Variegated Meadowhawk

Sympetrum corruptum (Hagen, 1861)

(sym•PET•rum cor•RUP•tum)

Name, apparently, refers to this species questionable taste in habitats, often choosing shallow and rather foul ponds. This of course is a bit of a misnomer as this species takes advantage of many different kinds of ponds, from mud puddles to spring fed ponds.



Quick Identification Tips

  • Only meadowhawk observed in Minnesota during spring months of March, April, and May.
  • Complex, variegated color and pattern to abdomen
  • White thoracic stripes, ending in egg-yolk-yellow spots
  • Red wing veins, along the leading edge of the wings.
  • Hindwings are wider than other meadowhawk wings, resembling those of other migrant dragonflies, e.g. Wandering Glider and Black Saddlebags.
  • Legs are black with a yellow stripe running the length.
  • Lavender eyes with many pseudopupils



The Variegated Meadowhawk breaks the mold. This dragonfly migrates. It oviposits in the springtime. Its eggs hatch immediately, without overwintering. And its elaborately patterned and brightly colored abdomen, from which it gets its name, is not like any other meadowhawk.


Being a migrant, the distribution of this species varies from year to year, largely dependent upon spring weather and the status of overwintering populations far to the south of Minnesota.


The best time to look for this species is early spring when the other more conspicuous migrant, the Common Green Darner (Anax junius) arrives. Look in restored prairies, sunlit clearings in woods, and at the edges of temporary ponds.


Similar Species

No other similar species in North America. Sympetrum corruptum is, however, a sister species to Sympetrum fonscolombii, another migrant with an immense range from Europe to South Africa to Japan, even found far out in the Atlantic on the Azores.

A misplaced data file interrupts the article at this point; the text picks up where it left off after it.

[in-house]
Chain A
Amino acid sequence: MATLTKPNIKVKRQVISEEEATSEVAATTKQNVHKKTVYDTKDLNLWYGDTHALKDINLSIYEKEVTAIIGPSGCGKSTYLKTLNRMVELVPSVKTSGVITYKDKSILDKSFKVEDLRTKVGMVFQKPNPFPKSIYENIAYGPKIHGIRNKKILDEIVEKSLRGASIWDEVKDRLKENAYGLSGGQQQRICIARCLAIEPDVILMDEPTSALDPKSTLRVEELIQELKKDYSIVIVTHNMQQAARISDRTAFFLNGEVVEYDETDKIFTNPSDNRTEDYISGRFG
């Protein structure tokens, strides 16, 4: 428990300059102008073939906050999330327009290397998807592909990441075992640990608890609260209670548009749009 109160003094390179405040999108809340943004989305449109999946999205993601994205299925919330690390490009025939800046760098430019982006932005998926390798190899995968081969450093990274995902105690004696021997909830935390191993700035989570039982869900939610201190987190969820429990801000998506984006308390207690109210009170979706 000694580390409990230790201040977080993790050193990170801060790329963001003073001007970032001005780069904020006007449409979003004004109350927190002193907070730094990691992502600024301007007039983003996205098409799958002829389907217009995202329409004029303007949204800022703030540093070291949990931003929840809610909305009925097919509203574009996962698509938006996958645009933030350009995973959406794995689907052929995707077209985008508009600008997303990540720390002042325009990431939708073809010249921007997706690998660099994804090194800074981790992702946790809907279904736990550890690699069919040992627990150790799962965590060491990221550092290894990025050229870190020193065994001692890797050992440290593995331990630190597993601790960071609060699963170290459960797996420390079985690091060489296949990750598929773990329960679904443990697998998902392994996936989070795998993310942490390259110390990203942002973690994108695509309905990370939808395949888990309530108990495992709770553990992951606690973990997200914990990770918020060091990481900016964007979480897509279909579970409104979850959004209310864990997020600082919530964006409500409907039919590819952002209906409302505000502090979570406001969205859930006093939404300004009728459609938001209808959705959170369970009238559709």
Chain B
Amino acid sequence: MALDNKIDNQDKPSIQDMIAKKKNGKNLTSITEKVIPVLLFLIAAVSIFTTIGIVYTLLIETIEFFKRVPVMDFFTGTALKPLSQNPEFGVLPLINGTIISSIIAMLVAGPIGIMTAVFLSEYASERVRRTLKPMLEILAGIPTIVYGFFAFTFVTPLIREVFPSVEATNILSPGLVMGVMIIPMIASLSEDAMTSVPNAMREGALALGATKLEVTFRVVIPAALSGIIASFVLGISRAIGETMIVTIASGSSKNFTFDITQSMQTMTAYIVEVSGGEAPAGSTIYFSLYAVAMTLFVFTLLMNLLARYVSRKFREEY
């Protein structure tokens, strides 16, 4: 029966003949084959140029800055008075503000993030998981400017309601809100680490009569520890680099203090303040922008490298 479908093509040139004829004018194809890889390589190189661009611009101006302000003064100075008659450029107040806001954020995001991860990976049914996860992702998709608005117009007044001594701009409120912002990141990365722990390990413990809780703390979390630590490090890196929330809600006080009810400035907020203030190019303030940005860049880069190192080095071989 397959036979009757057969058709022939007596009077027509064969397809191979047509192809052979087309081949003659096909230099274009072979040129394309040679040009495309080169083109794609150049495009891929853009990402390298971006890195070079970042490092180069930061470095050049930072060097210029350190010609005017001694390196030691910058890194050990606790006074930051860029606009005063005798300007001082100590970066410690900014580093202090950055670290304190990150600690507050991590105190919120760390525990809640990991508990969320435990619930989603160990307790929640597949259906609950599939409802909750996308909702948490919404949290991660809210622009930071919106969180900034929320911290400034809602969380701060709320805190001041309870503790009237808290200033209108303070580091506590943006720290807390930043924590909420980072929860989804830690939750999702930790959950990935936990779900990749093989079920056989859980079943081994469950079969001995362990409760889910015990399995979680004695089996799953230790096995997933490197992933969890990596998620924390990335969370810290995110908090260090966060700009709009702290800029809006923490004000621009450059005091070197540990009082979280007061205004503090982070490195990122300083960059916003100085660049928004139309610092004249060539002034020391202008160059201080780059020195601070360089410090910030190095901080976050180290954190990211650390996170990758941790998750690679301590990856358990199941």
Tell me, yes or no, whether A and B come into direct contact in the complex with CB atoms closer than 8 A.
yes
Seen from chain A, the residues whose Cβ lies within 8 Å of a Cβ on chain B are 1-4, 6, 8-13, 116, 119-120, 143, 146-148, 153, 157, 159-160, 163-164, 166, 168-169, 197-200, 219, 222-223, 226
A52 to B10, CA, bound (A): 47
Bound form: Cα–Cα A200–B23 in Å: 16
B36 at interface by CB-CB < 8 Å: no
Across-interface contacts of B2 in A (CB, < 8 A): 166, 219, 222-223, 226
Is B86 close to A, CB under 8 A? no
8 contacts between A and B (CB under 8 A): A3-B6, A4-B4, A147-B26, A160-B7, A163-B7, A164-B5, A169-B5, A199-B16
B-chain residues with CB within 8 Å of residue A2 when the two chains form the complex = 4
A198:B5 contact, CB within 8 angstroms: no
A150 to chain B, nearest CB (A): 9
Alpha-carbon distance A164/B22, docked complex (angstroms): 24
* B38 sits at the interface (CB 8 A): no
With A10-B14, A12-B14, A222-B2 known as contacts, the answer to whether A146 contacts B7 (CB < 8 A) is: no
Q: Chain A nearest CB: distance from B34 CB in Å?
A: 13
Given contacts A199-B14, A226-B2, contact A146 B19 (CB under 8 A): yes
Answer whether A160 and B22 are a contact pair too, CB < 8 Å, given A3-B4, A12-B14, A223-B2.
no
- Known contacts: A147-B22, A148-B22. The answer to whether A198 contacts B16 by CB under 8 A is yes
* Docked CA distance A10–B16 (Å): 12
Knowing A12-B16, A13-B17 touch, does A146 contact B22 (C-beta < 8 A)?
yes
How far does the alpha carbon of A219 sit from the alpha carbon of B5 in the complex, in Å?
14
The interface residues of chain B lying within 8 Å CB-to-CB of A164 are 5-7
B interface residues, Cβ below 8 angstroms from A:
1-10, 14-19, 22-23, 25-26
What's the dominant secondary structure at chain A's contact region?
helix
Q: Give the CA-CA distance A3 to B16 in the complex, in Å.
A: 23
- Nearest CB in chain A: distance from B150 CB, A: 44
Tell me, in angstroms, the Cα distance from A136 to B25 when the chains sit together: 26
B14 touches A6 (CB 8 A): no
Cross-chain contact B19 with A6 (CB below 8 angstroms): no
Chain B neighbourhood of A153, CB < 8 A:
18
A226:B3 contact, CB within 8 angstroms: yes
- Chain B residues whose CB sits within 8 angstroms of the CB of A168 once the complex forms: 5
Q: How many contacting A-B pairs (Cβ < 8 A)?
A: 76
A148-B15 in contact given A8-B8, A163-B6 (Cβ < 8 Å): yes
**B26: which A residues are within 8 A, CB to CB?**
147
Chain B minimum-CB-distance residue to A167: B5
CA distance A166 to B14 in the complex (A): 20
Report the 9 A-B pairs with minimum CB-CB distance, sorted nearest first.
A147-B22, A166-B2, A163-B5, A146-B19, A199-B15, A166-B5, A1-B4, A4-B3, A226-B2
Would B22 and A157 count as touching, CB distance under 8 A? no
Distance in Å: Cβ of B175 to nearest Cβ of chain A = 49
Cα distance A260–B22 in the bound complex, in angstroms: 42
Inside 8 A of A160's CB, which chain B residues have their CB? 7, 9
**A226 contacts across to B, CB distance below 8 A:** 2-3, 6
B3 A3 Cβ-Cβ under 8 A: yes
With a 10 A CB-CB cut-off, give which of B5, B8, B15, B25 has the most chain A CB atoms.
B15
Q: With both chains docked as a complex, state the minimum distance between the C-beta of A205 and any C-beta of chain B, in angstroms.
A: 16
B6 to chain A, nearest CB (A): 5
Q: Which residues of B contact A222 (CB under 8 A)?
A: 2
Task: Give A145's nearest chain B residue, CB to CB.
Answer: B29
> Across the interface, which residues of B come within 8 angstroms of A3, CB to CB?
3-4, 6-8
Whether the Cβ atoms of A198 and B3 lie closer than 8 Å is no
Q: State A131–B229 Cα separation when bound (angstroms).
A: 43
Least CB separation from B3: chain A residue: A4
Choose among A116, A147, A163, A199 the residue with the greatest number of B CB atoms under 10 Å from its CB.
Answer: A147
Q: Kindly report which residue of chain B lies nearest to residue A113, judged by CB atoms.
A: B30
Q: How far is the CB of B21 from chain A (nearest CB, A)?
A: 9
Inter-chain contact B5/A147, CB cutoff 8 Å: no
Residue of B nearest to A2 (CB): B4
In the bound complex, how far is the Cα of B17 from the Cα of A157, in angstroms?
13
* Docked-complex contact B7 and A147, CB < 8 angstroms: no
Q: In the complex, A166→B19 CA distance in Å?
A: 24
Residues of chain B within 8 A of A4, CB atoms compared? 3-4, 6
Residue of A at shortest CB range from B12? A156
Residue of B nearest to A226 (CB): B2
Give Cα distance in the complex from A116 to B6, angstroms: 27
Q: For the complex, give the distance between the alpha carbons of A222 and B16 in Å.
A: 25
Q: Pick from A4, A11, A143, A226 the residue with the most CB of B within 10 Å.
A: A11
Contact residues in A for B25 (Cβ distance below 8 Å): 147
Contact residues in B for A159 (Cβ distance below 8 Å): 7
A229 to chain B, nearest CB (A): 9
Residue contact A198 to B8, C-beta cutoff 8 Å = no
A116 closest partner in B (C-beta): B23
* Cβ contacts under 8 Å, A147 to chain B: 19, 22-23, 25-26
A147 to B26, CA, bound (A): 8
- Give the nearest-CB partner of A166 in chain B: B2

However, female Variegated Meadowhawks can be confused with female Red-veined Meadowhawks and in other parts of the country with female Striped Meadowhawks. The first two species are remarkable similar, but their range barely overlaps. Thoracic stripes differ in coloration  (no yellow for S. madidum) and the wing coloration is different as well (entire wings a diffuse orange for S. madidum).


Minnesota Status

A widespread species. This large meadowhawk, a migrant, is found across North America, with records from almost every state, from British Columbia to Nova Scotia, from California to Florida.


Natural History

Unlike other meadowhawks, Variegated Meadowhawk eggs do not overwinter in diapause. Being a migrant species, eggs are deposited in early spring and hatch in a matter of days. Nymphs develop very rapidly, reaching full size in less than two months. There is evidence of two broods during especially long summers, the first generation emerging in July, the second in October.


Often perches on bare ground. And sometimes can be observed hawking above prairies like darners or gliders, an unusual behavior for meadowhawks.


Journal Notes: April 15, 2010

After an overcast morning with intermittent spits of rain, a warm front swept through southern Minnesota and delivered blue skies, a stiff wind from the south, and soaring temperatures. It was near seventy degrees when my wife and I walked to the elementary school to meet our daughter. While walking, I saw a dragonfly. It flew close to the ground, inches off the street, then across someone's back yard, after which it disappeared into a grouping of trees. The first dragonfly of the year! And if Lisa hadn't seen it as well, I might have counted it a kind of vision and not trusted my eyes. This was nearly two full weeks earlier than the previous year's first dragonfly. More surprisingly, it was not a Common Green Darner but a meadowhawk!


Hind wing: 27 – 30mm Total Length: 39 – 43mm (n=7)


Flight season: March – October